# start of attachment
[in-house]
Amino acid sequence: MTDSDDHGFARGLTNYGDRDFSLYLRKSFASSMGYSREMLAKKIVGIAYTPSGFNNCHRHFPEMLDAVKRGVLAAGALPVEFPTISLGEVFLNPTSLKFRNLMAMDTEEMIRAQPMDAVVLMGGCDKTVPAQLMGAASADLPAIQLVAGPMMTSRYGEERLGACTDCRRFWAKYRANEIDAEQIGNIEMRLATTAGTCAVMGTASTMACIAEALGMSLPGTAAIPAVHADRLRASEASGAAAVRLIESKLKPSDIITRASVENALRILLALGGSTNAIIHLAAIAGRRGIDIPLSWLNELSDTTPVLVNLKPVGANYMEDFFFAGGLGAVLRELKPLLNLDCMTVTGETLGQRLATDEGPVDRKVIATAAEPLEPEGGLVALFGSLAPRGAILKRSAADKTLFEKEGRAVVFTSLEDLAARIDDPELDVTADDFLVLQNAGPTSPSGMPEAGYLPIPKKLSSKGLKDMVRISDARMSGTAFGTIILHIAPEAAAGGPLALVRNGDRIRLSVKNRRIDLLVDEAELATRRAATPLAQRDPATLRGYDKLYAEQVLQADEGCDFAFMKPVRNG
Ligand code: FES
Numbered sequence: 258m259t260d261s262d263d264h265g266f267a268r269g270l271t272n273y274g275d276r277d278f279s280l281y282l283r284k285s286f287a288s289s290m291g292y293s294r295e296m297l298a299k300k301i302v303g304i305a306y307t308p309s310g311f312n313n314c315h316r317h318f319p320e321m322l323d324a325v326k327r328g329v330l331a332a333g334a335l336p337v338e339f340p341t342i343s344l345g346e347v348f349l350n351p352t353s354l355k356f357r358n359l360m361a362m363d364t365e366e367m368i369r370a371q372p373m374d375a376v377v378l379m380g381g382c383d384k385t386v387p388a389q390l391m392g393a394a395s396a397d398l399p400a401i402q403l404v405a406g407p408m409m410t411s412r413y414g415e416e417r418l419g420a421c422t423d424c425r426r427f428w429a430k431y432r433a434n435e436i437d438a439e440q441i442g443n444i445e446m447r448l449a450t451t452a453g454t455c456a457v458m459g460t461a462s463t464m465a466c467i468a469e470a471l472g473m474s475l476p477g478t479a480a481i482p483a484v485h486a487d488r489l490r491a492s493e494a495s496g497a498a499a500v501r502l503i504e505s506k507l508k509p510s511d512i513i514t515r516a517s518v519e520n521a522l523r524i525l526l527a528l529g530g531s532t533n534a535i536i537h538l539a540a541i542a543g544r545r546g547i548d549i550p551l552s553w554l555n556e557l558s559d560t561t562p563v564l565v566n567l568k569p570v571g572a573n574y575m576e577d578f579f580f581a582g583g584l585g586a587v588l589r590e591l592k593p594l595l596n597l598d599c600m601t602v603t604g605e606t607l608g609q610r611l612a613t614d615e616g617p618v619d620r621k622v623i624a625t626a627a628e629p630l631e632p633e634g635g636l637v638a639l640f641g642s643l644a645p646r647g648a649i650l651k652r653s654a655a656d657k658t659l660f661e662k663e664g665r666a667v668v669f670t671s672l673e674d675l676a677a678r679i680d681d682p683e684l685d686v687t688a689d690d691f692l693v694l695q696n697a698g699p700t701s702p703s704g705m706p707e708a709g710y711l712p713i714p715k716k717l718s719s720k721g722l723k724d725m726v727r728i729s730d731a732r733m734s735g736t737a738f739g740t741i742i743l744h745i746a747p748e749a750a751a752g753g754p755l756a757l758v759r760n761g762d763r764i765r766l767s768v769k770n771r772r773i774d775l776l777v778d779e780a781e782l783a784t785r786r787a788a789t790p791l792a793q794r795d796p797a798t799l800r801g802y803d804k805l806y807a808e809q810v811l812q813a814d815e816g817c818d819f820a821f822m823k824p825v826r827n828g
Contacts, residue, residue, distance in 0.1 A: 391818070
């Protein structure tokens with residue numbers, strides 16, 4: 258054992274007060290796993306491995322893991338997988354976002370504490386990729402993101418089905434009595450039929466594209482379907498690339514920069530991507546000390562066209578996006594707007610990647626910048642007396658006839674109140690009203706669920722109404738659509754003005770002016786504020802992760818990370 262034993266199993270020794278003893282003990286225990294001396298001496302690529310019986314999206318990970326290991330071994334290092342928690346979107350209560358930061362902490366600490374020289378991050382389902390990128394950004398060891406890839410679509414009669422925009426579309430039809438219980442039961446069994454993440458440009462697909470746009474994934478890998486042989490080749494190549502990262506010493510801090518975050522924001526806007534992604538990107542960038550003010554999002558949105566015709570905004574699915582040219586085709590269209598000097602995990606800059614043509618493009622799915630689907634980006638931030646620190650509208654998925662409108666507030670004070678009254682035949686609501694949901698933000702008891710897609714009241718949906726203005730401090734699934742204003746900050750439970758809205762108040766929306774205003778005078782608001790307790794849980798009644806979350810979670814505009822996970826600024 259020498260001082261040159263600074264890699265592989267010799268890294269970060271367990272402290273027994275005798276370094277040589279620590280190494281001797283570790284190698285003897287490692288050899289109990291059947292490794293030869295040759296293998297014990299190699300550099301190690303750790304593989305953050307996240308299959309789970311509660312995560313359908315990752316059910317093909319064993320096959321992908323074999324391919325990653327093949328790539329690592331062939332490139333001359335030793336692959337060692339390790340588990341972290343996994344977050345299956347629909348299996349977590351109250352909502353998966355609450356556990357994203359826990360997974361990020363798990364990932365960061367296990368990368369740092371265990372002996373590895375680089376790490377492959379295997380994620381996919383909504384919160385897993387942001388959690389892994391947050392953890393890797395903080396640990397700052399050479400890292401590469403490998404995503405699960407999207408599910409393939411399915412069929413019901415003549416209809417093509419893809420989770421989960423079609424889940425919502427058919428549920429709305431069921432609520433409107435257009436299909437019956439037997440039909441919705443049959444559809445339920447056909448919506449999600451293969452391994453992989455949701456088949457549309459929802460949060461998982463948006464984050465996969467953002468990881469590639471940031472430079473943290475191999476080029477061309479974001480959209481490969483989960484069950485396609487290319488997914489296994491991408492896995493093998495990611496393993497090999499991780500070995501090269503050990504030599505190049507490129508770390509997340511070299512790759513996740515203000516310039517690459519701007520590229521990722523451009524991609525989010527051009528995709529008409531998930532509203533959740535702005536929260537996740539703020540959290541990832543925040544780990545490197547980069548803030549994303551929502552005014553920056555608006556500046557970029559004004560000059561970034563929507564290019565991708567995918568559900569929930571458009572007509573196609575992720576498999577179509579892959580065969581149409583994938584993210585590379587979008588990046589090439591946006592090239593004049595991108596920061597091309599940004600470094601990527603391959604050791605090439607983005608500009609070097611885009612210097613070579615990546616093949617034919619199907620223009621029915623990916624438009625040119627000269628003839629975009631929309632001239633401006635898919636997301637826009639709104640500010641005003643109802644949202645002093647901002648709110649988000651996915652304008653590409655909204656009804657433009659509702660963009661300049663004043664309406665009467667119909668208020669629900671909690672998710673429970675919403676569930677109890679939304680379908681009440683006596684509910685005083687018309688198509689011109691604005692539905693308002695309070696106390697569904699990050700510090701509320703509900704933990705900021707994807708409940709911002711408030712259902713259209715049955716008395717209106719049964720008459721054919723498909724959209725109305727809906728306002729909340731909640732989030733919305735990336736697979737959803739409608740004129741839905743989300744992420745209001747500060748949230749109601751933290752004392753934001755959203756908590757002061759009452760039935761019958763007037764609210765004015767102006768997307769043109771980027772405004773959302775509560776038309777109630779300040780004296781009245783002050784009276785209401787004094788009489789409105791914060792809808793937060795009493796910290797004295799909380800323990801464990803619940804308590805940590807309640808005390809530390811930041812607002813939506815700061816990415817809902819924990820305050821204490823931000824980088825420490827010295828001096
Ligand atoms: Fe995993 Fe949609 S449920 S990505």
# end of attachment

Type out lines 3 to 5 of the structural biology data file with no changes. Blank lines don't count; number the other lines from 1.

Ligand code: FES
Numbered sequence: 258m259t260d261s262d263d264h265g266f267a268r269g270l271t272n273y274g275d276r277d278f279s280l281y282l283r284k285s286f287a288s289s290m291g292y293s294r295e296m297l298a299k300k301i302v303g304i305a306y307t308p309s310g311f312n313n314c315h316r317h318f319p320e321m322l323d324a325v326k327r328g329v330l331a332a333g334a335l336p337v338e339f340p341t342i343s344l345g346e347v348f349l350n351p352t353s354l355k356f357r358n359l360m361a362m363d364t365e366e367m368i369r370a371q372p373m374d375a376v377v378l379m380g381g382c383d384k385t386v387p388a389q390l391m392g393a394a395s396a397d398l399p400a401i402q403l404v405a406g407p408m409m410t411s412r413y414g415e416e417r418l419g420a421c422t423d424c425r426r427f428w429a430k431y432r433a434n435e436i437d438a439e440q441i442g443n444i445e446m447r448l449a450t451t452a453g454t455c456a457v458m459g460t461a462s463t464m465a466c467i468a469e470a471l472g473m474s475l476p477g478t479a480a481i482p483a484v485h486a487d488r489l490r491a492s493e494a495s496g497a498a499a500v501r502l503i504e505s506k507l508k509p510s511d512i513i514t515r516a517s518v519e520n521a522l523r524i525l526l527a528l529g530g531s532t533n534a535i536i537h538l539a540a541i542a543g544r545r546g547i548d549i550p551l552s553w554l555n556e557l558s559d560t561t562p563v564l565v566n567l568k569p570v571g572a573n574y575m576e577d578f579f580f581a582g583g584l585g586a587v588l589r590e591l592k593p594l595l596n597l598d599c600m601t602v603t604g605e606t607l608g609q610r611l612a613t614d615e616g617p618v619d620r621k622v623i624a625t626a627a628e629p630l631e632p633e634g635g636l637v638a639l640f641g642s643l644a645p646r647g648a649i650l651k652r653s654a655a656d657k658t659l660f661e662k663e664g665r666a667v668v669f670t671s672l673e674d675l676a677a678r679i680d681d682p683e684l685d686v687t688a689d690d691f692l693v694l695q696n697a698g699p700t701s702p703s704g705m706p707e708a709g710y711l712p713i714p715k716k717l718s719s720k721g722l723k724d725m726v727r728i729s730d731a732r733m734s735g736t737a738f739g740t741i742i743l744h745i746a747p748e749a750a751a752g753g754p755l756a757l758v759r760n761g762d763r764i765r766l767s768v769k770n771r772r773i774d775l776l777v778d779e780a781e782l783a784t785r786r787a788a789t790p791l792a793q794r795d796p797a798t799l800r801g802y803d804k805l806y807a808e809q810v811l812q813a814d815e816g817c818d819f820a821f822m823k824p825v826r827n828g
Contacts, residue, residue, distance in 0.1 A: 391818070